Also be very mindful of signs that “cramp” is not a cramp, for example calf still being tight/sore/twitching even many hours later or next morning. That can be signs of a tear (see physio in those cases).

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mobility (flexibility) and a high training volume are the best mitigators but unfortunately the reality is that some people are just more prone to them than others. i cant recommend dynamic stretching enough though, even for general health.

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Bike setup can also play a role, for example if your saddle is to far forward/to low you might be overusing quad muscles just above your knee.Changing saddle position moves the strain to larger muscle groups in the quad and the glutes, (although in my case it seems to take a while for the new muscles to fully strengthen). Comparing the angle of the knee at the top (6 clock) position might also reveal if this is the problem.

There’s growing skepticism these days among researchers that cramping is related to hydration. Being dehydrated is bad for a lot of reasons, but a growing number of studies are leading many to think that dehydration is not the direct cause of cramps.

(This makes some sense too. Your body dehydrates globally, not piece-by-piece. Your left leg can’t dehydrate while the rest of your body doesn’t. If dehydration caused cramping, why is cramping localized?)

Article 1: “runners who suffered EAMC did not exhibit a greater degree of dehydration and electrolyte depletion after the marathon but displayed significantly higher concentrations of muscle damage biomarkers.”

Article 2: " The results from this study add to the evidence that dehydration and altered serum electrolyte balance are not causes for EAMC." (EAMC=Exercise-Associated Muscle Cramping)

It’s all very complex, cause it’s the human body. But a lot of people (me included) fight cramps with regularity regardless of how poorly or well we hydrate. So stay hydrated–but if you still cramp, don’t assume there’s something wrong with your hydration plan.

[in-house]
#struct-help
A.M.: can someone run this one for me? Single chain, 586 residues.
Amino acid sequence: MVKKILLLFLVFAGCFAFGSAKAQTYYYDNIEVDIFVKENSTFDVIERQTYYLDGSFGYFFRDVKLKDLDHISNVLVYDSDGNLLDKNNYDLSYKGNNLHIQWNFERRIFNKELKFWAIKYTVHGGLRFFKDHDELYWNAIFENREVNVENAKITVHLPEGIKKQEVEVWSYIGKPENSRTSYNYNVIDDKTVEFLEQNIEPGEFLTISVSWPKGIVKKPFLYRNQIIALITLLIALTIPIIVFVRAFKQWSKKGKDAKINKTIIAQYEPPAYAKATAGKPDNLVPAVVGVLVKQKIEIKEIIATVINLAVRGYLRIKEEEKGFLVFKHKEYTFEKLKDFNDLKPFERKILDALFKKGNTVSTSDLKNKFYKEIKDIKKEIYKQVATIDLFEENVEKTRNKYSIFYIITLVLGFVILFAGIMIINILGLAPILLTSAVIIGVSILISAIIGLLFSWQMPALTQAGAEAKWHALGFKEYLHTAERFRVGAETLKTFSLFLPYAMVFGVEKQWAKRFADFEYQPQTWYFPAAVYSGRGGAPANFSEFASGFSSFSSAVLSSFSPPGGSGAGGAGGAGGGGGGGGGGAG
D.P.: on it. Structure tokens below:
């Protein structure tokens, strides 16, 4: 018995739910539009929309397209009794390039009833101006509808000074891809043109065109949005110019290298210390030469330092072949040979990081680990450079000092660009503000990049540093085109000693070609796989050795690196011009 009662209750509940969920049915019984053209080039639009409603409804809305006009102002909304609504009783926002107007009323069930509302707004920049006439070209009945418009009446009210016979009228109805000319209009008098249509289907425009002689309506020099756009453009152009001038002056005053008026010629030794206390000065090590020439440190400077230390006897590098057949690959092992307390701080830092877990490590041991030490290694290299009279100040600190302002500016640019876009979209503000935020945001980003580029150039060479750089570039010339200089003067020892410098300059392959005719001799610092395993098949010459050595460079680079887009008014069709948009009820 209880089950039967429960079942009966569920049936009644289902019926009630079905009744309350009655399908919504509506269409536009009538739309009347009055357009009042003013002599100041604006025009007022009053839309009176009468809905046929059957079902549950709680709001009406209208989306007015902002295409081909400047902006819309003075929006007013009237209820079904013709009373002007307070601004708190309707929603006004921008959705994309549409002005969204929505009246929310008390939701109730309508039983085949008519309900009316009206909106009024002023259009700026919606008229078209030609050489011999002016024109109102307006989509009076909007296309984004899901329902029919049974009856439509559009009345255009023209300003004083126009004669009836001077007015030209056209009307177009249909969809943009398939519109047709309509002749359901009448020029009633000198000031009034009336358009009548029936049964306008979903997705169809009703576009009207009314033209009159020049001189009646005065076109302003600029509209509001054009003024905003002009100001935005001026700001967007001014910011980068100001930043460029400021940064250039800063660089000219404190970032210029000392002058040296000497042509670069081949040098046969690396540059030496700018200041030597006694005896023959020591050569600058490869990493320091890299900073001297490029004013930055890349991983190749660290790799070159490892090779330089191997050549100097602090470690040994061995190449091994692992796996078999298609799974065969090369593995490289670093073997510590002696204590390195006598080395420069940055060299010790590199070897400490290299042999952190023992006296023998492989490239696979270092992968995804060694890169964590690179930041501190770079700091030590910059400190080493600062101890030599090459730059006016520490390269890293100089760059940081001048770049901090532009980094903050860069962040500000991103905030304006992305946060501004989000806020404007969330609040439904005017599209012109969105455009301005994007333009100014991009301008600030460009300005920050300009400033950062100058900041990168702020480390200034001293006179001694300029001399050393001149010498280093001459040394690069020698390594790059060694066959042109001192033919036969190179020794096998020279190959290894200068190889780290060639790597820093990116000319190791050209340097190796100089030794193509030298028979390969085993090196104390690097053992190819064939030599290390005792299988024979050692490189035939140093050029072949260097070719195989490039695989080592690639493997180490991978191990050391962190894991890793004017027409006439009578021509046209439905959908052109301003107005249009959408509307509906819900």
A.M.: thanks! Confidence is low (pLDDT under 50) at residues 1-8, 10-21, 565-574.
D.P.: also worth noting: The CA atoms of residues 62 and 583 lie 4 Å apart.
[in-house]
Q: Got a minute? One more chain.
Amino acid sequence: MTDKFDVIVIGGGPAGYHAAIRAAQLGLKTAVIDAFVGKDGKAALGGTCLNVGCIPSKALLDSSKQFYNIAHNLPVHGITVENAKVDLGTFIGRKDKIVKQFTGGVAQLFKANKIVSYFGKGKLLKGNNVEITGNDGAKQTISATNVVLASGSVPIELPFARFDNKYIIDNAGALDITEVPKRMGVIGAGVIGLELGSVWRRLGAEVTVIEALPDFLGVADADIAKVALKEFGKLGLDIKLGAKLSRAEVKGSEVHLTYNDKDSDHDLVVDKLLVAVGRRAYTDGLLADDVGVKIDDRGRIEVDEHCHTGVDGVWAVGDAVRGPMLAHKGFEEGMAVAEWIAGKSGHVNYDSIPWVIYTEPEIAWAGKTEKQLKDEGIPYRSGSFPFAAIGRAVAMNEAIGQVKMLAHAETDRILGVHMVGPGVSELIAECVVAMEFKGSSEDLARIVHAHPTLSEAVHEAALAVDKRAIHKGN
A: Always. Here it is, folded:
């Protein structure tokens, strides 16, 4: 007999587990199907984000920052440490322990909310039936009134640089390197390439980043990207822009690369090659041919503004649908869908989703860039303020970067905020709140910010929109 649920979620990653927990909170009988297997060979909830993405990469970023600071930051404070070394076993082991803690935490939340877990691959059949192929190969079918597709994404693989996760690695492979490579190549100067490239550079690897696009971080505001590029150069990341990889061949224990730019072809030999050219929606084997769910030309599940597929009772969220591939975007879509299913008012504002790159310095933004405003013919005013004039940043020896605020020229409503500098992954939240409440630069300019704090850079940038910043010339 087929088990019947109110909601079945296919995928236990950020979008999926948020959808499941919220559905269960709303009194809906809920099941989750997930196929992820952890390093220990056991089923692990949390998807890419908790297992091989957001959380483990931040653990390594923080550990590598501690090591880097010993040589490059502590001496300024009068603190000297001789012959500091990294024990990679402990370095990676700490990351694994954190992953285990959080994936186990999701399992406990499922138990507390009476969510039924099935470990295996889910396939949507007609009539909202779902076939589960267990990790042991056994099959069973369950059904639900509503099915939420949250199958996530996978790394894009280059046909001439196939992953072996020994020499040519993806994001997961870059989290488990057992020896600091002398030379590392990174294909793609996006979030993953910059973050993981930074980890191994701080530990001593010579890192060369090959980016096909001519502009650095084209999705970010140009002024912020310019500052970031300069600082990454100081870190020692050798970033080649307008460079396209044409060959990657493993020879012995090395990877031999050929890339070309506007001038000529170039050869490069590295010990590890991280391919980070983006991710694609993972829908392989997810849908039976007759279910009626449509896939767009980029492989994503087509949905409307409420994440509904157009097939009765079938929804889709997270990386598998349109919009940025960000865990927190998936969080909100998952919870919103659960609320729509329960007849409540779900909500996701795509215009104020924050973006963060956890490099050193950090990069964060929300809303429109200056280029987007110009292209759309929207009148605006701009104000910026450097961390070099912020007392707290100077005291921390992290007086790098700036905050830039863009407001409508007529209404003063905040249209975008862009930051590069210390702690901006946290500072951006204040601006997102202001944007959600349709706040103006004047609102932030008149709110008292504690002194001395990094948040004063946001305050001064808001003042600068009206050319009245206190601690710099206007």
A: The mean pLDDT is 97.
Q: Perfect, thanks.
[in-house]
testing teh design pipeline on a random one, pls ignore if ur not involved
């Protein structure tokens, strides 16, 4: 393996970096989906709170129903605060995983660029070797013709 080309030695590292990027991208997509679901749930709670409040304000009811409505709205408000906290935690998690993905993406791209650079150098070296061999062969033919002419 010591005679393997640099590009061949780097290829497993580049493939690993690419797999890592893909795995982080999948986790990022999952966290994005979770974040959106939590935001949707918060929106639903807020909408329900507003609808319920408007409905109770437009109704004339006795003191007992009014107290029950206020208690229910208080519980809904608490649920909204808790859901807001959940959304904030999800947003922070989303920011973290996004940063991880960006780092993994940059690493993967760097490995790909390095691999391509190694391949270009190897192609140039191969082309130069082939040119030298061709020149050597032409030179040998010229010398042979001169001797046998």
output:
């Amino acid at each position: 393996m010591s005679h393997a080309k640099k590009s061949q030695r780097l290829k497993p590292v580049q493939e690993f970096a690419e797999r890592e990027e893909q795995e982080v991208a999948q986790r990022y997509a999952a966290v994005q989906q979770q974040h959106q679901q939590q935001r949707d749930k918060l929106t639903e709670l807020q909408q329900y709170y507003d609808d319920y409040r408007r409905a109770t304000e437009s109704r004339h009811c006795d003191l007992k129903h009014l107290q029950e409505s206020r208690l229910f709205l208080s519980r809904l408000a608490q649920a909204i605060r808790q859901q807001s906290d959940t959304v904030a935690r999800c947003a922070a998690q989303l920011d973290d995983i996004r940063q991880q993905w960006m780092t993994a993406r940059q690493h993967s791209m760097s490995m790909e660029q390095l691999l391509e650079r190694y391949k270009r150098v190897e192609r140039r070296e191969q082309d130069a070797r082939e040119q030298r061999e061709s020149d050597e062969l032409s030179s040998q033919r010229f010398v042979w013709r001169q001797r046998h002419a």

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Lots of good suggestions.

I have also found not celebrating my excellent ride with beer and wine immediately afterwards helps avoid really bad cramps.:beer::wine_glass:

That video was tame compared to the cramps I get :face_with_symbols_over_mouth:

Just to throw in the usual caution. If the cramping doesn’t relent, get a CK enzyme test to check for Rhabdomyolysis. Last Feb, I had what I thought was cramps/muscle strains but after 4 days, I finally asked for a blood test and sure enough my CK was extremely elevated. Spent 7 days in hospital 24/7 IV drip. Luckily no kidney damage.

Turned 60, taking it just a little easier, varying my effort throughout a race to let muscles recover during rides.

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I can drink up to 1L per hour indoors, 1L over 2.5hrs is probably not enough…! (you get a lot hotter/sweatier than riding outdoors, so balancing fluids/electrolytes becomes more important).

But yes if you are doing an extra 90mins above what you are used to, the over-exertion is the more likely cause in this instance.

After a lifetime of cramping, the variables in order of importance to me are:

  1. undertrained
  2. genetics
  3. too much caffeine
  4. food/water/electrolytes (by far the least important variable)

I have friends that never cramp despite the fact that they are not any better trained that I am (genetics). My mom experienced cramps regularly as part of her everyday life (genetics). She also drank a lot of caffeine.

I’ve had so many issues with cramps that I’ve developed a limited ability to ignore them. Still have to back off at the first sign, but really try to push through. Avoiding caffeine before/during an event seems to help, but that’s anecdotal. In my limited googling/research, I’ve not found any reference to a cramp resulting in physical muscle damage, meaning the muscle will not pull itself apart or separate from the origin/insertion.

I do as well - by 11am I’ve usually had three of them, 1 espresso first in the morning, then another two milk based coffees. I used to struggle with cramps, even before I started riding, but eventually they went and I think it was just adaptations helping and probably a bit of your point 4.